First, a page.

A. Address Changes
Plaintiff must file and serve a notice of a change of address in accordance with Rule 83.3(d) of the Local Rules of Civil Procedure. Plaintiff must not include a motion for other relief with a notice of change of address. Failure to comply may result in dismissal of this action.
Plaintiff must submit an additional copy of every filing for use by the Court. See LRCiv 5.4. Failure to comply may result in the filing being stricken without further notice to Plaintiff....
C. Possible "Strike"
Because the Complaint has been dismissed for failure to state a claim, if Plaintiff fails to file an amended complaint correcting the deficiencies identified in this Order, the dismissal may count as a "strike" under the "3-strikes" provision of 28 U.S.C. § 1915(g). Under the 3-strikes provision, a prisoner may not bring a civil action or appeal a civil judgment in forma pauperis under 28 U.S.C. § 1915 "if the prisoner has, on 3 or more prior occasions, while incarcerated or detained in any facility, brought an action or appeal in a court of the United States that was dismissed on the grounds that it is frivolous, malicious, or fails to state a claim upon which relief may be granted, unless the prisoner is under imminent danger of serious physical injury." 28 U.S.C. § 1915(g).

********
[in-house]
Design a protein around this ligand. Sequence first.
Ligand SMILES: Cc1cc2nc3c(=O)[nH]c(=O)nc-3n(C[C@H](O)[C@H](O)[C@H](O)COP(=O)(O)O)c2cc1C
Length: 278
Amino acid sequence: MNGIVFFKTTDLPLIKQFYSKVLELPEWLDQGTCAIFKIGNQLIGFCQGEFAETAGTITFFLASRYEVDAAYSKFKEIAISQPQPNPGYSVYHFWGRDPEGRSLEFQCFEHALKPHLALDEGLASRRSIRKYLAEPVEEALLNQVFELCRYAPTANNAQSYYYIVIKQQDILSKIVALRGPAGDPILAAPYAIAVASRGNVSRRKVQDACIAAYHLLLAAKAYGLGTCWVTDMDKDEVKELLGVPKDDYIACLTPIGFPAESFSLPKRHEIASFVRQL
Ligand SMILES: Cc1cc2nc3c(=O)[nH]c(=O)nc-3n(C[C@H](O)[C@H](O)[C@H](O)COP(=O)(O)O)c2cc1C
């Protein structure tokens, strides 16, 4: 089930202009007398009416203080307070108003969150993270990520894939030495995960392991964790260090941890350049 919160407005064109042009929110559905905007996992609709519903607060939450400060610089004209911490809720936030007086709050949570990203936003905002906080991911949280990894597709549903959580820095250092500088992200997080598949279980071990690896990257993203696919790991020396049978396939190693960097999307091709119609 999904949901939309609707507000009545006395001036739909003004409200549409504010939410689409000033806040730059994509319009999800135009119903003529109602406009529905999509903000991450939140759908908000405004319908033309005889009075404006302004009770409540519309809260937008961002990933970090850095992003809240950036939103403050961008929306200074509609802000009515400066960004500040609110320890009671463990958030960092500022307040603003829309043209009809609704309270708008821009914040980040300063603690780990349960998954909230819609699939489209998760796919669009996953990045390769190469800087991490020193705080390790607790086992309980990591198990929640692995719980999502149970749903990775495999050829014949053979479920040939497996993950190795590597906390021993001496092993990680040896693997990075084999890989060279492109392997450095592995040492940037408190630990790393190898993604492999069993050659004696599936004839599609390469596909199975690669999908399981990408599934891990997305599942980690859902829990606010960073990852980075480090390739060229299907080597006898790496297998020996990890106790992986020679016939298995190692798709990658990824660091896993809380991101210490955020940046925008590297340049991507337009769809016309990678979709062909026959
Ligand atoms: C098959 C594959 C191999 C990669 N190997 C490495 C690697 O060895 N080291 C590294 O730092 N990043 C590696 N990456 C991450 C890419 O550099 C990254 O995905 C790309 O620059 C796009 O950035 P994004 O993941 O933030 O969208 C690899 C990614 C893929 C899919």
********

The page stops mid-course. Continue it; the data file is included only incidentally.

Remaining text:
D. Possible Dismissal
If Plaintiff fails to timely comply with every provision of this Order, including these warnings, the Court may dismiss this action without further notice. See Ferdik, 963 F.2d at 1260-61 (a district court may dismiss an action for failure to comply with any order of the Court).
IT IS ORDERED:
(1) The Complaint (Doc. 1) is dismissed for failure to state a claim. Plaintiff has 30 days from the date this Order is filed to file a first amended complaint in compliance with this Order.
(2) If Plaintiff fails to file an amended complaint within 30 days, the Clerk of Court must, without further notice, enter a judgment of dismissal of this action with prejudice that states that the dismissal may count as a "strike" under 28 U.S.C. § 1915(g)....
(3) The Clerk of Court must mail Plaintiff a court-approved form for filing a civil rights complaint by a prisoner.